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6

There are two important points to consider: Full splits are not essential in many martial arts systems. Kicking itself may be secondary. The motivation behind full splits is often high kicking, which is high-risk in combat. See Low kicks vs high kicks in street fight. No one expects beginning students to have full splits. If your martial arts school ...


6

TL;DR No, it's not essential. Full splits are an impressive display of flexibility, but few martial arts include them as anything other than a nifty party trick or exhibitions.


4

Stop pretending you're learning substantial skills by practicing alone. Without a partner to give live feedback and skilled resistance, and without a knowledgeable coach to correct mistakes, you're just engaging in martial masturbation. You'll ingrain bad habits that you'll have to unlearn later. Focus on becoming the most athletic version of yourself ...


3

Henka means "variation" or "change". In other words, a different way of doing something. It doesn't refer specifically to the kihon happo ("basics" / "essentials") of Bujinkan Budo Taijutsu, although you are expected to learn many different henka for each technique. That's part of the training. The theory goes like this: When a technique is first shown, it ...


3

"Winning" in self defense is whatever makes you safer. Within that context, if you can get yourself out of danger, sooner, with more reliable methods, that's better. If someone is trying to hurt you, you don't know if they have friends on the way, if they're going to pull out a weapon or make something into a weapon and so on. However, "first few ...


3

Real fights are not constrained by rules. There is no referee to pull you apart from a clinch, or rules against bashing the back of your head. Nothing prevents multiple people from attacking. There is no padding. If someone puts you on the ground, they can stomp you. Real fights are not like the movies, where people are bashed in one sequence and ...


2

I think doing some sort of martial art which incorporates kicking and punching, and where you can train with a heavy bag, and do real heavy bag workouts. That's what I would do. Something like kick- & thaiboxing (preferably a martial art where you hit something with contact). A general home workout regime would be running for a couple of miles, followed ...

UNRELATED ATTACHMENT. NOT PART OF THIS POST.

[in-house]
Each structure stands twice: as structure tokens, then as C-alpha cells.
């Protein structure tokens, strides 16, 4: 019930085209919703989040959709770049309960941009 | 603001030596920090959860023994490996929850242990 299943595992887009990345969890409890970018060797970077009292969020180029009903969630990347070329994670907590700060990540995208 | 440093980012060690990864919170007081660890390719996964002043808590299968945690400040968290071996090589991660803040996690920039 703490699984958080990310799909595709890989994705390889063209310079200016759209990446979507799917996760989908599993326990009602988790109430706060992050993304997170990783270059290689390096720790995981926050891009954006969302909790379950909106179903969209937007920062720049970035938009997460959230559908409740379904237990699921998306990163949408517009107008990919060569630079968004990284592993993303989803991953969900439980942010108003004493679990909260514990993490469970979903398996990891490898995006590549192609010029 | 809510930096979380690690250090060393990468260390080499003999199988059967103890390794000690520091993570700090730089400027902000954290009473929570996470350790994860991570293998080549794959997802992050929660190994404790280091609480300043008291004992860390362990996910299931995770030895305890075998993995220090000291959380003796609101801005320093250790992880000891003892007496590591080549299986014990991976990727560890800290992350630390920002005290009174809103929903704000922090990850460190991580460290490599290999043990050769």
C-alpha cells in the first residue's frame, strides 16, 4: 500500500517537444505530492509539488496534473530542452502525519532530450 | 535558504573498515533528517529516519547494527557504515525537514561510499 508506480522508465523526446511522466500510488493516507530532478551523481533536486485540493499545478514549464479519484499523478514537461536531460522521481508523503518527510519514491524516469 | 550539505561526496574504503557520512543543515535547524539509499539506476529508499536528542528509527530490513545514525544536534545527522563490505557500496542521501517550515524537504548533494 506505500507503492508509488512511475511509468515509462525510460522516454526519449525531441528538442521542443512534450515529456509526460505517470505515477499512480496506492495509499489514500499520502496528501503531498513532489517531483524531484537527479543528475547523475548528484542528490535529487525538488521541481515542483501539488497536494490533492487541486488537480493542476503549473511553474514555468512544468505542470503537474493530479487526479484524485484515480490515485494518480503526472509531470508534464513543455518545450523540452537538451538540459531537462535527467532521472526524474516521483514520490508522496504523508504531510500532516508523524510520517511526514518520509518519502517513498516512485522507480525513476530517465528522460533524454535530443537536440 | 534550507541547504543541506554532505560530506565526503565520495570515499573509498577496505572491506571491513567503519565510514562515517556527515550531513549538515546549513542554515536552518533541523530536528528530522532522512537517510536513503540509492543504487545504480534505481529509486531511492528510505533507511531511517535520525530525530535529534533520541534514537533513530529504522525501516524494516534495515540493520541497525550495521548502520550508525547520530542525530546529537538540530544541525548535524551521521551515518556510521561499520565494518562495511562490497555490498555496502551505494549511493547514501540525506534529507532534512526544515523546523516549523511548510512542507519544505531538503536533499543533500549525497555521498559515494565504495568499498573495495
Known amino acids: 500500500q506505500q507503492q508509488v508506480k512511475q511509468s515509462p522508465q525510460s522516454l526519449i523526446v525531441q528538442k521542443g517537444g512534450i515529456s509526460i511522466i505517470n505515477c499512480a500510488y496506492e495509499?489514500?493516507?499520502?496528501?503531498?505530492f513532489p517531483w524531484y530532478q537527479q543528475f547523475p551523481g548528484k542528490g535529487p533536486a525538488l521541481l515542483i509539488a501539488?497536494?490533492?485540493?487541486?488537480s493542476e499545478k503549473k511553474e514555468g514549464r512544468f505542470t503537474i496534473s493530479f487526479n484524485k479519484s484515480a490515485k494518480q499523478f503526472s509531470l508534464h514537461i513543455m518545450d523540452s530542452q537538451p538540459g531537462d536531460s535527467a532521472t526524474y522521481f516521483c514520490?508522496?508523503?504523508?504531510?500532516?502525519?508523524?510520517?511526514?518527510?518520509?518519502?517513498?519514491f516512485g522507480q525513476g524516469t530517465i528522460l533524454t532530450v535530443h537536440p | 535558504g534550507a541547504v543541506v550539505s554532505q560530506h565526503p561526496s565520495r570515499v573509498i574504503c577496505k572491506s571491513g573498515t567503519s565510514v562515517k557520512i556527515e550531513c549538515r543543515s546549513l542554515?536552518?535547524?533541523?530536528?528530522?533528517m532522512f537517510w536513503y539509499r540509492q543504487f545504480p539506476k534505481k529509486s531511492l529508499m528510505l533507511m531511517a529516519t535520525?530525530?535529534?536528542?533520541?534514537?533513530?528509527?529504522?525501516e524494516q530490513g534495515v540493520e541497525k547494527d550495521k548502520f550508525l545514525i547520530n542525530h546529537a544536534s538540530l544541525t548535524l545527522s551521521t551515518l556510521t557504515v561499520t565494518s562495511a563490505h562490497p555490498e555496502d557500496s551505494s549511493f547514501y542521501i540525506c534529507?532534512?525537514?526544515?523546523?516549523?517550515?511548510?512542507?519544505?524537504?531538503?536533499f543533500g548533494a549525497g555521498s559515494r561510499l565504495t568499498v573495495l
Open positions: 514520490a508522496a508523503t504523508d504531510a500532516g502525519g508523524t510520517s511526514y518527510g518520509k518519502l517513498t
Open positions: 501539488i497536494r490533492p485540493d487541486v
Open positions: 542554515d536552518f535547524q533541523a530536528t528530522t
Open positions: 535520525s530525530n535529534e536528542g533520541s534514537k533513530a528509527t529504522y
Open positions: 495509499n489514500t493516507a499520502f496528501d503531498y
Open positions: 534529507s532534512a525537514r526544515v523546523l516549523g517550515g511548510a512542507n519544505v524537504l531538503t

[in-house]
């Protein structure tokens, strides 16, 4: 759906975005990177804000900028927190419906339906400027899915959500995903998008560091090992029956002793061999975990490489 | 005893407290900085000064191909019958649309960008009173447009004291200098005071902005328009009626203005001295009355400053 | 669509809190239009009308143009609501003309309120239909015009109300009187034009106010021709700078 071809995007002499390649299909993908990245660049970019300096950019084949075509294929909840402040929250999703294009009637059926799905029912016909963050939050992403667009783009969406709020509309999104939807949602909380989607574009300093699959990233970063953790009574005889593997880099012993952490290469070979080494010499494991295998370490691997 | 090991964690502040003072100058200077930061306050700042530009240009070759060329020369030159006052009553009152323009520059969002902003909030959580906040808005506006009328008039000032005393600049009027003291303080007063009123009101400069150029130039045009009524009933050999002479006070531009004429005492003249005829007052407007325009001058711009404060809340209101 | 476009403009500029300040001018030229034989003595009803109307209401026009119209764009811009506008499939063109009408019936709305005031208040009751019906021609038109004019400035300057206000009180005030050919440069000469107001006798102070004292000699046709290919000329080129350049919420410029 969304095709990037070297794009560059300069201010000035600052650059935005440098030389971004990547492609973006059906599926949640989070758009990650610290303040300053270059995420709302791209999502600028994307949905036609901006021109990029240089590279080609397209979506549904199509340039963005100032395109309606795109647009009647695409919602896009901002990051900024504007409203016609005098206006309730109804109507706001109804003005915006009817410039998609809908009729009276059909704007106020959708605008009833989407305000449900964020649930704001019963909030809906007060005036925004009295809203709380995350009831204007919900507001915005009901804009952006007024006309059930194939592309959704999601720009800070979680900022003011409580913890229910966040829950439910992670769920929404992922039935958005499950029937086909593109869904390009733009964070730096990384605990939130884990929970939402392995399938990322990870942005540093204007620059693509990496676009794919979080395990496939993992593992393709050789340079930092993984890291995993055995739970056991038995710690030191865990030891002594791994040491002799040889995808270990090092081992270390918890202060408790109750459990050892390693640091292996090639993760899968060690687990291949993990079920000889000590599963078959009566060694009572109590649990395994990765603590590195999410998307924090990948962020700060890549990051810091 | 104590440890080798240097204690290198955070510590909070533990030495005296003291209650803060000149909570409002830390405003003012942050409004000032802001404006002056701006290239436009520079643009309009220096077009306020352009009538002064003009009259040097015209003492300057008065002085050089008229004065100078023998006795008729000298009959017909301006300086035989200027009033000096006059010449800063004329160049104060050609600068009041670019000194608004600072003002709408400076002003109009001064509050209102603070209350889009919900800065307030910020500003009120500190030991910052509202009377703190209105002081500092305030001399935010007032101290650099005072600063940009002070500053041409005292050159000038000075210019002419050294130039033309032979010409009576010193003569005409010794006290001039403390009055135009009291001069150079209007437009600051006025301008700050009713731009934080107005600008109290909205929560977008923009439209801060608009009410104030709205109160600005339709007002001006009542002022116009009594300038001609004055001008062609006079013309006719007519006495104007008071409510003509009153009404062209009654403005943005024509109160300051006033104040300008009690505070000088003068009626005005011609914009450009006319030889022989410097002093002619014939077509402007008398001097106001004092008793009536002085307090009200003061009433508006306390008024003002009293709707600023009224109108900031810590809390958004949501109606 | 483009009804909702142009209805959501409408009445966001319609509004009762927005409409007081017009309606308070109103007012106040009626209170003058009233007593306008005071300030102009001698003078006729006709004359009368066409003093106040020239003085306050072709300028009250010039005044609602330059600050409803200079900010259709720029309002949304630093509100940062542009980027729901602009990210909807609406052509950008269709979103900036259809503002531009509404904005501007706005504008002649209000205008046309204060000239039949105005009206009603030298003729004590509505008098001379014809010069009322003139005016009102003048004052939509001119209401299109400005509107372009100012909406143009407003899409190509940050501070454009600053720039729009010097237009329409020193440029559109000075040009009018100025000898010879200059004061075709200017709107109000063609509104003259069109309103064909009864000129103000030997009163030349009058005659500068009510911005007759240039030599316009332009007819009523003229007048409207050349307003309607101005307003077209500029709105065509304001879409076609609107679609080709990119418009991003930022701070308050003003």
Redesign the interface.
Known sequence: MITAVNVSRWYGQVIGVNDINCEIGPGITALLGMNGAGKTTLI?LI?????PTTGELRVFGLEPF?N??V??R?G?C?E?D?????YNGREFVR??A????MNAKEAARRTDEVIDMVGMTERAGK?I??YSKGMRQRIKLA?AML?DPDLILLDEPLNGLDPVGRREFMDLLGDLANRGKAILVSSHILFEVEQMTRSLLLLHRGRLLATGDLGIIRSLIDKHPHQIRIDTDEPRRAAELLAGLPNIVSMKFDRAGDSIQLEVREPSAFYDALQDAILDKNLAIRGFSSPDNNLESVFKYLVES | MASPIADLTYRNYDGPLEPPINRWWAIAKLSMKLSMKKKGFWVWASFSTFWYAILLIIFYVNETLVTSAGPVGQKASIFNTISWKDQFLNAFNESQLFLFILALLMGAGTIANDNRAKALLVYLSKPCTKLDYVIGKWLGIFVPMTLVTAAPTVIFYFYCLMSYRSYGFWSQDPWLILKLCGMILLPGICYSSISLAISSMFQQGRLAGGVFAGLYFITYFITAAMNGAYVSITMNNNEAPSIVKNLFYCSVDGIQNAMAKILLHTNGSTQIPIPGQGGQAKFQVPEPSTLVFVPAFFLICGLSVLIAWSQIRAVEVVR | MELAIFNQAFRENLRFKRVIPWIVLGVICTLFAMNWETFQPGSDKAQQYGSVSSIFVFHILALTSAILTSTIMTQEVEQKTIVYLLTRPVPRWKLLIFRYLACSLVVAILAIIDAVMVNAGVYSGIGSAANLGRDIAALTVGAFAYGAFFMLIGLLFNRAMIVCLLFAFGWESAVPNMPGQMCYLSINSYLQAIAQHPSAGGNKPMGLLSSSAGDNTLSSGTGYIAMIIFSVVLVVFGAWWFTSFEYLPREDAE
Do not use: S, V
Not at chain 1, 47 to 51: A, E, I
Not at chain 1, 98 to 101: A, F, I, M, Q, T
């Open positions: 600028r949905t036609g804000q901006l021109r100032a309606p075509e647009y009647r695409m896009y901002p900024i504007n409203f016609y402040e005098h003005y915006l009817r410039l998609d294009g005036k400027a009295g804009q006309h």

2

As you are already aware, martial arts are extremely difficult to learn without an instructor. My advice would be to find the best teacher you can in your area. There is really no substitute for the feedback and guidance they provide. Even if you only travel to see them once a month, you will still make better progress than learning out of a book or video. ...


1

All the answers here are valid but I would like to add some Info from another perspective to the questions. From my experience, I would say that your statement with "who first strikes" wins the game, is true - to some point. It is valid for a specific type of aggressor, someone unprepared that might had a couple of drinks, maybe trying to show off in front ...


1

Reading these answers I have to ask how many real fights some of the posters have been in... A lot of what's taught in self-defence classes goes out the window when it happens for real, and as for avoidance being best, a lot of the time you won't be able to avoid it if it happens. Going in fast, hard and aggressive is the best way to handle it in my ...


1

Avoidance is the Best Defense Be aware of your surroundings. You're in a parking garage, fumbling with your keys, and you see someone running towards you, who appears less-than-wholesome (and you're unsure if you can get into a safe place before they arrive)? Run away! Someone pulls a knife on you? Run away! Do you have a choice between well lit, well ...


1

TL;DR The duration of a fight bares no relation to the risk of injury as clearly demonstrated by countless matches. Attacking first leaves one open to very serious legal repercussions. Expecting to be attacked at all times and places is a mark of paranoia. The duration of a fight has nothing to do with your probabilities of being injured. The nature of ...


1

The upfront caveat You don't need a full school, or even a live teacher to learn -something- although if you can get a single person to train with, even if they are a beginner and even if you only get to practice with them once a month, it will help you immensely compared to training just by yourself. The reason is that you will want to learn range, ...


1

In ideal world there are quite few you could chose from to suite you but if you dont have a teacher or at least a mentor to directly teach you, I would recommend something you can inform yourself and learn alone from videos, books, manuals or similar. As you live in conditions you described I would suggest (and this is after a thinking and eliminating) ...


1

Since you are interested in ninjutsu, you can learn techniques from Bujinkan which culminates 9 schools of martial arts (including 3 schools that teach ninjustsu). While it is important to guide your training through classes, the grand master and other practitioners have released many instructional videos for purchase and many free online videos. Along ...


1

Actually there are many skills that can be developed through solo practice and some of them even benefit from the isolation. Evasion skills, such as those gained through Parkour or Ninjutsu training allow you to develop tools of self-defense without resorting to fighting and improve both physical skills as well as timing and strategic thinking. Speed bags, ...



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